“Right, left. Right, left.”
“Click, clack. Click, clack.”
And so began “the run.”
I’d been outside long enough on Saturday morning to know it wasn’t warm. The weather was, in fact, crappy. I also wasn’t sure I wanted to spend my break from farm chores out on a cold, windy run.
I weighed my options.
I hadn’t woken early enough to hit the treadmill before coming to the farm, and it seemed silly to drive into town for a few measly miles on the treadmill.
Besides, I’m a Minnesota girl, born and raised. I can handle this.
And it’s true I have run in much colder temps than the 5 degrees of Saturday morning. Heck, I’ve even raced in them.
But that wind…
Here in Minnesota, we fear the north wind, the west wind, and the north-west wind. Those are the ones to worry about, the ones that bring the cold, nasty weather.
We build our barns and set up our calf hutches to avoid these winds. If you drive around a country neighborhood, everyone has a thick windbreak of trees on the north or west side or both.
But Saturday, the storm was coming from the southeast. But that didn’t seem to make a difference. It. was. frigid.
Apparently the gusts were only up to 25 mph. Forgive my skepticism, but I could hardly stand up straight against the wind while wearing 10 pounds of coveralls and boots and jacket.
I could skip the run, but I needed it. It would make me feel better. I hadn’t run Friday, and I knew the odds of squeezing anything in Sunday were slim. I needed this run.
I decided I would just bundle up, put my new “get-a-grips” on over shoes and go a few miles. As I said, I’ve run in worse.
The minute I hit the road, I bargained that I’d run 2 miles. Just a typical road that I’ve run countless times. Surely I can run 2 miles in my sleep, so an approaching blizzard shouldn’t stop me.
I pulled my gaiter further up over my nose and face, and my glasses instantly fogged. I’d worn them to the farm, and I’d forgotten how tough it can be to run in cold conditions with constantly frosted lenses.
“I know this road; I’ll be fine.”
As I plodded along and passed the first farm to our west, their 2 watchful dogs didn’t even run out to greet me. They always bark and charge toward me, but apparently the weather even kept them away. Smart dogs.
I wasn’t GPSing. I was singularly focused on getting past the tree that marked 1 mile.
“Where is that tree?!?” Had I missed it?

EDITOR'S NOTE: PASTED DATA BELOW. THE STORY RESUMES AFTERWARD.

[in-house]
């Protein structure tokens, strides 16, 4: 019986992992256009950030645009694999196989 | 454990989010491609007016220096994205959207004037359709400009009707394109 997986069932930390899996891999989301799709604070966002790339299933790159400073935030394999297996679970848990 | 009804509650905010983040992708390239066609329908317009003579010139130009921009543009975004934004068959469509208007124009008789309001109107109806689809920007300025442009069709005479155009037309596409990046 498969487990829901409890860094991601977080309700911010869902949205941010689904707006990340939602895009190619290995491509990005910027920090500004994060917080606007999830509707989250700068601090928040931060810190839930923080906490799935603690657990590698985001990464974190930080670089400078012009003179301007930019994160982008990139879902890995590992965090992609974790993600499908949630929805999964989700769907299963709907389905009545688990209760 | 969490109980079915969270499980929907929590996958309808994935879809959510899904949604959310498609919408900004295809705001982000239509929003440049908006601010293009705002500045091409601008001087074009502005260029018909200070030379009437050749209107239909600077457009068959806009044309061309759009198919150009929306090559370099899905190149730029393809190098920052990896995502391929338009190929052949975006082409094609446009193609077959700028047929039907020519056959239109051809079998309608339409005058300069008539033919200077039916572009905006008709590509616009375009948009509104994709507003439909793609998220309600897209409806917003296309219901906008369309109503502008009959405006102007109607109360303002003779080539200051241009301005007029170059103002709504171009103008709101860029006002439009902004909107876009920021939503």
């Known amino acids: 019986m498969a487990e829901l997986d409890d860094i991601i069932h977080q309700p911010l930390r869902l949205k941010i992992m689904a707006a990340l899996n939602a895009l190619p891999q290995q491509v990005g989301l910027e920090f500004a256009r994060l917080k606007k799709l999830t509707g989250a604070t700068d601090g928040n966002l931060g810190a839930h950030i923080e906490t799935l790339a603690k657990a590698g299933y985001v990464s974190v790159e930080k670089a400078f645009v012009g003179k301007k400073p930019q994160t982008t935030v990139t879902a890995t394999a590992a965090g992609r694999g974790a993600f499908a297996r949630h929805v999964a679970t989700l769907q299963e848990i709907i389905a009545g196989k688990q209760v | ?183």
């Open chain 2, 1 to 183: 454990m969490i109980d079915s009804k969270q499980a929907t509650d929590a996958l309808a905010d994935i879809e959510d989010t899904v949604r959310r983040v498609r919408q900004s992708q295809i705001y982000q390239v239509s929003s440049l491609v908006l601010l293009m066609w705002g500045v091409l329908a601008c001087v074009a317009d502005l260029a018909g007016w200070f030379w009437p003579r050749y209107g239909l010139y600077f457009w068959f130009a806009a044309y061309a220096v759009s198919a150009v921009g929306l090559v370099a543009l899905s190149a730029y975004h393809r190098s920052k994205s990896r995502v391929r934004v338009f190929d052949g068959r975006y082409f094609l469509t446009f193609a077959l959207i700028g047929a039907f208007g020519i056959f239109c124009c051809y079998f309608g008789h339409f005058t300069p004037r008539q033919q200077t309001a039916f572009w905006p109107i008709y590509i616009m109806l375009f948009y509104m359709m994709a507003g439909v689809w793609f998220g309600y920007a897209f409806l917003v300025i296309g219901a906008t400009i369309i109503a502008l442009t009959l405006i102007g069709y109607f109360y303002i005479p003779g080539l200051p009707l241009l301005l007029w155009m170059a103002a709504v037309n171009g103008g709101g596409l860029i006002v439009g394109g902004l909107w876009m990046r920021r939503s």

I could as easily have gone 1 mile or 3 or 5 for all I could tell. It wasn’t even snowing, but the wind was kicking up what little snow we had along with enough dirt and gravel to reduce my eyes to slits. At least the foggy glasses provided some eye protection!
Finally I reached the turn around, and the wind on the way back was worse. I thought I had taken the brunt of it on my way out, but apparently not. I think the swirling gusts were switching direction on me.
I wished for a third pair of pants, maybe even heated underwear. Is there such a thing?
My core was warm enough though, and I knew of course I would survive. I just wanted that stinging, biting wind to go away. I ran faster as I went, and I hoped my limbs were warmed up enough to handle the increased pace.
JR would have a hot pizza coming out of the oven when I got to the farm. And I charged along faster.
I passed the part of the road shoulder where I knew a giant hole was lurking. Luckily it was in clear enough view, and I swerved around it intact.
As I came within sight of the farm I was finally starting to really warm up. I had thoughts of maybe doing a few more miles. Then another huge gust froze me down to the core and banished the thought.
Half marathon training doesn’t officially start for another week, so 2 miles suffices.
On a positive note, I wasn’t even sweating when I got back inside.
After a quick lunch we headed back outside to make sure all our calves were prepared for the storm. At almost 10:00 last night we were finally satisfied all was in order.
In spite of my short run, I definitely got a full workout yesterday.
This morning at dawn, I snapped a photo of the aftermath. It might not look like too much, but those drifts of snow and dirt (snirt) sure wrecked havoc on us yesterday!